How can I be happier? What am I supposed to do with my life? How do I follow my passion if I don’t know what it is?
Big questions. Common questions. And the answers might be hidden in our childhood.
Seeds are often planted in our childhood that serve as clues to what we’re supposed to spend our time doing as grown-ups. Sometimes we just need to engage in a little detective work to figure out what they mean.
I got an email recently from someone who was reading my first book and wrote to tell me her favorite part:
So far my favorite part is in Chapter 4, Live Passionately. You tell us to think back to what we wanted to be when we grew up. I stopped there and shook my head since I wanted to be a hotel maid in Florida. HAHA
You went on and said to think about the reason for having that passion. That was an eyeopener! A cleaned hotel room after playing all day in the hot sun gave me a peace and I wanted to share that feeling with others. So simple. Our desires as children tell us a lot more about ourselves than I realized.
Thanks ~ Elizabeth
In Elizabeth’s case, the lesson isn’t necessarily that she missed her calling as a hotel maid. It’s that deep down, she feels called to give people a feeling of peace. Of course, the grown-up version of her can probably think of a whole bunch of ways to do that beyond cleaning hotel rooms.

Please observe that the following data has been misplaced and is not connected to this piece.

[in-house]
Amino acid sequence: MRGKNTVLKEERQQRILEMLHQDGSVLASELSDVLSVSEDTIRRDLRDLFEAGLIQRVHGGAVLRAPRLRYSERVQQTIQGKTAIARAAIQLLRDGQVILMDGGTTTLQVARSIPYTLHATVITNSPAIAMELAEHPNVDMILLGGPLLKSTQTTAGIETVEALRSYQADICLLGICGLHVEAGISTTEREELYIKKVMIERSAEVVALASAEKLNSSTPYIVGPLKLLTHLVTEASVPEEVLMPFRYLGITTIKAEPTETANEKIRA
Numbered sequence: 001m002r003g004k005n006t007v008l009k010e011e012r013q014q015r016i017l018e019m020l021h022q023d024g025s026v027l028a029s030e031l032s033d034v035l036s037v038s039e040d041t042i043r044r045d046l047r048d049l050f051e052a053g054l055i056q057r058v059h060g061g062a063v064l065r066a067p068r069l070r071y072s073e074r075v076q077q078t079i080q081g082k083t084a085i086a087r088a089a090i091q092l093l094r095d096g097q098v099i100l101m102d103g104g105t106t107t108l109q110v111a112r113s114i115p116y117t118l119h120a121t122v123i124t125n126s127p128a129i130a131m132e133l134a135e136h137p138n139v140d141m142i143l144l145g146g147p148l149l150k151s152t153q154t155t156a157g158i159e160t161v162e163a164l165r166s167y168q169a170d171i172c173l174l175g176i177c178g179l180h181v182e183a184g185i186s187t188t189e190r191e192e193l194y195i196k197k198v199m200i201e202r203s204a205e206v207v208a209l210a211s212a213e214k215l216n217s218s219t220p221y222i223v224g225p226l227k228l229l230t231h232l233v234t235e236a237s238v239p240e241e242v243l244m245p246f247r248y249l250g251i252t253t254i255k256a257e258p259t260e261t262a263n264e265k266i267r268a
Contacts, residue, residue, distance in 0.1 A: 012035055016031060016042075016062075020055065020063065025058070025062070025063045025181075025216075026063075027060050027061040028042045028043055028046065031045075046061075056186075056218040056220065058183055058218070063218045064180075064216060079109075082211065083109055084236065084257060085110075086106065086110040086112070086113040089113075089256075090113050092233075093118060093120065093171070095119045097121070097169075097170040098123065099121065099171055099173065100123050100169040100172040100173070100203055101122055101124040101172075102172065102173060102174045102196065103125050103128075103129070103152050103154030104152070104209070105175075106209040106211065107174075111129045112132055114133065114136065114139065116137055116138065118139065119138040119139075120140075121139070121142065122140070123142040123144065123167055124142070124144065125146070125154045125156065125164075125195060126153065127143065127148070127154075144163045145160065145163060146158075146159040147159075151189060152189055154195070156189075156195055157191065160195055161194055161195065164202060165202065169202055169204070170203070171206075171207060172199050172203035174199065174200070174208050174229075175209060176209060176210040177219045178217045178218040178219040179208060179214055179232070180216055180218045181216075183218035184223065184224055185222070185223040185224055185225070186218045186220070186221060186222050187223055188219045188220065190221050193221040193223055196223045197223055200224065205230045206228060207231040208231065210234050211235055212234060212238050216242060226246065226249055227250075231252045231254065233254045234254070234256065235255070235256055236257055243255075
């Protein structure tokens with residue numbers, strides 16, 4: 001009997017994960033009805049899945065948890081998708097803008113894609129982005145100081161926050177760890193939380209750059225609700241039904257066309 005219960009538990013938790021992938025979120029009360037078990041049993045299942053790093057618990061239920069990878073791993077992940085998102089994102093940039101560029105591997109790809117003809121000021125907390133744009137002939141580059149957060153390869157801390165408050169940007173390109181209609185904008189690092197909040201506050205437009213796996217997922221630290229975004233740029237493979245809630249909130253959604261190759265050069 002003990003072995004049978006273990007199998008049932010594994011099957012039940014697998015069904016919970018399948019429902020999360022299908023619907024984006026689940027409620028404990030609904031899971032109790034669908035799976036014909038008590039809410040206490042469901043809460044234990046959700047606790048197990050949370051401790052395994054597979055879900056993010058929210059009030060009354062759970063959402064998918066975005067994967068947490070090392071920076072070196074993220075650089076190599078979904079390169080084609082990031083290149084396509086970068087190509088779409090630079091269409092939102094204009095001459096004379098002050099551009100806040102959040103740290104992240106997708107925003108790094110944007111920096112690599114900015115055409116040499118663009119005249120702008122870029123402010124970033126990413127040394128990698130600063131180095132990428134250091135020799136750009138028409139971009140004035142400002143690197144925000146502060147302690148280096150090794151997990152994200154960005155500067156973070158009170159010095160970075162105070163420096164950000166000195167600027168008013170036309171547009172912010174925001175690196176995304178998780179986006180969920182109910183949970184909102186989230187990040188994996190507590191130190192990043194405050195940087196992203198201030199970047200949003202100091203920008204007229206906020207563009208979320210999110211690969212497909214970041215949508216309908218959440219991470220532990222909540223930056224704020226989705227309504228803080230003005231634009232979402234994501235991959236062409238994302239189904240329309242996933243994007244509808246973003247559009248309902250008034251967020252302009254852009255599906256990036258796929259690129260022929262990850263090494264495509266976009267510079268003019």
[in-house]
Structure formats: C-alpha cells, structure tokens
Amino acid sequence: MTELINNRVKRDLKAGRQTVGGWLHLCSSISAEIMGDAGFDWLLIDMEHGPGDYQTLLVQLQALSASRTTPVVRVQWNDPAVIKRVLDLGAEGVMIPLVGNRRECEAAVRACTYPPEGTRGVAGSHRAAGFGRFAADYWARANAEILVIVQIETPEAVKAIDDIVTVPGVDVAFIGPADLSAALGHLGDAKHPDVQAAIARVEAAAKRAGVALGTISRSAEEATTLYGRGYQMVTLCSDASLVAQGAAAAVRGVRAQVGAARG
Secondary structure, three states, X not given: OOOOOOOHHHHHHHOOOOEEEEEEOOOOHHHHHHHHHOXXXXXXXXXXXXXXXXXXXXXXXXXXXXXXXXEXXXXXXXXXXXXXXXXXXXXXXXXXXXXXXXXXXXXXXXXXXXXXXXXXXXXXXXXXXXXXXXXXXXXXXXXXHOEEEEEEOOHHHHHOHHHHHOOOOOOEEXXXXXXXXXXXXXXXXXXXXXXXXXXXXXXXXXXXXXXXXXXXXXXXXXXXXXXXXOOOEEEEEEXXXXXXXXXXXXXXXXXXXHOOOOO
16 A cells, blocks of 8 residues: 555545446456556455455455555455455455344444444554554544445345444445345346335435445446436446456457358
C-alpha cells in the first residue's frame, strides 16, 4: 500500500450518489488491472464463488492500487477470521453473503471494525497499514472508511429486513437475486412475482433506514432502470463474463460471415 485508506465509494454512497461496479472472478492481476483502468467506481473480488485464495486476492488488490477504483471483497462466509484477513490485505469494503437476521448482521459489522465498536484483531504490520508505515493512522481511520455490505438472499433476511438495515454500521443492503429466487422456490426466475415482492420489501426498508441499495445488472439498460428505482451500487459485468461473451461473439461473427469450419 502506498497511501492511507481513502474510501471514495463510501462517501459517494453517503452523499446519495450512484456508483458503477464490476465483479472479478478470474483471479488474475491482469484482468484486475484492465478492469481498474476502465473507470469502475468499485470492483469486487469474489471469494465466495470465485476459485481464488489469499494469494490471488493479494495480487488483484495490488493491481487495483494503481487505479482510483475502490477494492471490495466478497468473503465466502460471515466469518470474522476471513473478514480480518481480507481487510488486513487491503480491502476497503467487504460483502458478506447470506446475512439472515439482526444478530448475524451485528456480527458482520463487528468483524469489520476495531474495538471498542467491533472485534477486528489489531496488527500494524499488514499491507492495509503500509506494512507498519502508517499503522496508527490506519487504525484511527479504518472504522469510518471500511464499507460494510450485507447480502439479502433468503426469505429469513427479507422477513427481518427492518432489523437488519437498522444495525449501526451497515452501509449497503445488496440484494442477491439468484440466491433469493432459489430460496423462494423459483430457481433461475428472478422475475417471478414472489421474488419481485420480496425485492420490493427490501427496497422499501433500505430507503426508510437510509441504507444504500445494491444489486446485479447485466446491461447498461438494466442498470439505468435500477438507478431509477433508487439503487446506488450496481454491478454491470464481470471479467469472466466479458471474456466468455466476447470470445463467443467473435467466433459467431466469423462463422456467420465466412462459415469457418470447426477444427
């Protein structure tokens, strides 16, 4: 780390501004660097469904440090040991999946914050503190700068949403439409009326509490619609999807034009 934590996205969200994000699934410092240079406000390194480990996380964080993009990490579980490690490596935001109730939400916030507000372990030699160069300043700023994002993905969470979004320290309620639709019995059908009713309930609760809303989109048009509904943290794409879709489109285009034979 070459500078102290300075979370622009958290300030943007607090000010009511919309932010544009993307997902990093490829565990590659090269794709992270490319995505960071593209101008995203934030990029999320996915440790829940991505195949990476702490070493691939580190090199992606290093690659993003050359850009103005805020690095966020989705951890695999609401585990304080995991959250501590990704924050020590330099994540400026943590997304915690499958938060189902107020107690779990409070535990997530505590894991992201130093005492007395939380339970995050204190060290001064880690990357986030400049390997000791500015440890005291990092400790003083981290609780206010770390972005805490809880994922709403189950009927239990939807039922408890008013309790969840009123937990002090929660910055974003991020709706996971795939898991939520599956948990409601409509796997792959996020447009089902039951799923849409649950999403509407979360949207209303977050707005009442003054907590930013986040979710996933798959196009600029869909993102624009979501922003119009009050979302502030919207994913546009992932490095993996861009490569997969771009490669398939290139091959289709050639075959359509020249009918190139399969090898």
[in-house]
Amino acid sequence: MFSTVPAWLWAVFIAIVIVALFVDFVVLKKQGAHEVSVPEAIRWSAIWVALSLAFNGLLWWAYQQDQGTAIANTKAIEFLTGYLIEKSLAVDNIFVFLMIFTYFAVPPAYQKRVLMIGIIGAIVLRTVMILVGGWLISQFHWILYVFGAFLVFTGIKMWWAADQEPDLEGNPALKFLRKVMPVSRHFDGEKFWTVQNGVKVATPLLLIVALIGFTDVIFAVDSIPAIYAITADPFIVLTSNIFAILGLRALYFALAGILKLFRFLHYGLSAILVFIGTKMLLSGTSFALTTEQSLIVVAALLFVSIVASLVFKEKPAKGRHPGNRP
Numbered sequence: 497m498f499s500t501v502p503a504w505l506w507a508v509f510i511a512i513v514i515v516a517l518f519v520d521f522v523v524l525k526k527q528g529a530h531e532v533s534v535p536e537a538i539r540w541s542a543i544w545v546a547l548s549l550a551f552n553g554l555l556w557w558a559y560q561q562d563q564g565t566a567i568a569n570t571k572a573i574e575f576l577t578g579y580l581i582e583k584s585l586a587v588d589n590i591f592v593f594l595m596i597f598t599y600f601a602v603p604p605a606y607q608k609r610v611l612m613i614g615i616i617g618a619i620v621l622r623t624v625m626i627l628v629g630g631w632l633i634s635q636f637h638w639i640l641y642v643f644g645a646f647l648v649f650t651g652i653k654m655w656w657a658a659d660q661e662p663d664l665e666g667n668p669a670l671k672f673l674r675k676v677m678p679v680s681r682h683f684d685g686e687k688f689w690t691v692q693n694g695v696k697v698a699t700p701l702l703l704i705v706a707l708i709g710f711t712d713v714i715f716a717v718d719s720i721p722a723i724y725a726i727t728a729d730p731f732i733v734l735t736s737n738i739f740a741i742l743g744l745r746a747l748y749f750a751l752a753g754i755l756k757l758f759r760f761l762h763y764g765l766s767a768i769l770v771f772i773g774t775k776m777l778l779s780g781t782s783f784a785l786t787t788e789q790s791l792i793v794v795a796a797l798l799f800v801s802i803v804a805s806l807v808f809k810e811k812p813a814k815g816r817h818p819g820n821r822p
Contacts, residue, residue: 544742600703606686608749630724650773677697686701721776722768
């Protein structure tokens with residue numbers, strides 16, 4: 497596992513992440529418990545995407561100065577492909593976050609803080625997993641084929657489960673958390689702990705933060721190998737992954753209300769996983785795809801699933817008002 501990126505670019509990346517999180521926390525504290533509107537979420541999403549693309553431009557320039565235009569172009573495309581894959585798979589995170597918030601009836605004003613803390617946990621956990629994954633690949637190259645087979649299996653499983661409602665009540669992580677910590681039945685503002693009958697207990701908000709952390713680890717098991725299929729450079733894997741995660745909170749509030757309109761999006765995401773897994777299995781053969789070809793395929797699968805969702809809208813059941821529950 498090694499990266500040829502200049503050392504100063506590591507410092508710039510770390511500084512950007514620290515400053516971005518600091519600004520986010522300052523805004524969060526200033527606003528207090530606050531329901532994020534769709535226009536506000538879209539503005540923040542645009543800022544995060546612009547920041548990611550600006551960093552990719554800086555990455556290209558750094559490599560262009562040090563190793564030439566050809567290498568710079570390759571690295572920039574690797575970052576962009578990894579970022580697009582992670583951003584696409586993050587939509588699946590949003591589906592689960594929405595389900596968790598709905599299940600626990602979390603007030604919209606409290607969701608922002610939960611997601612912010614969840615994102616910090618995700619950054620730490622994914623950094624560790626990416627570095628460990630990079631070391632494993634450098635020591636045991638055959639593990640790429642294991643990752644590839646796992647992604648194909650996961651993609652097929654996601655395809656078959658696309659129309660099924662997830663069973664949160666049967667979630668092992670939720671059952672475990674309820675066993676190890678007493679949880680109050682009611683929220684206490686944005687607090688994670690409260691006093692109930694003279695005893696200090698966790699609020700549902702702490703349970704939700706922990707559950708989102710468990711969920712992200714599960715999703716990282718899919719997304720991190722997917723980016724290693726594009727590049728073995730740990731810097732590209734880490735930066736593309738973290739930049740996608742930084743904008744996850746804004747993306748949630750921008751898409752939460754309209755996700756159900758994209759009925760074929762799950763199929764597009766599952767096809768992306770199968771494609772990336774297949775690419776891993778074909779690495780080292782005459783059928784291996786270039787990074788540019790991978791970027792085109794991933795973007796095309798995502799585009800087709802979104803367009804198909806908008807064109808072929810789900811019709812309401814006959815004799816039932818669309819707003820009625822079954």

And I bet that any number of them could tap into that deep seated calling, and contribute to an uptick in happiness and fulfillment.
Likewise, if you wanted to be a superhero when you were a small fry, maybe the pull was because you wanted to help people who couldn’t help themselves. Or fight against injustice. Or solve problems. Or design avant garde fashion.
I’m all for following one’s passion, but I don’t think that passion has to be relegated to one specific occupation or even be a job at all. When we look deeper, it’s usually something that we can express in many different ways throughout our entire life.
Passion is not something you do, it’s something you live.
Sometimes we get so caught up looking for answers that we forget the best way to get them is by asking the right question.
If you’re wondering what might make you happier, or even what you might be called to do with your life, start by asking what your seven-year-old self wanted to be when you grew up.
Then follow it up with the million dollar question: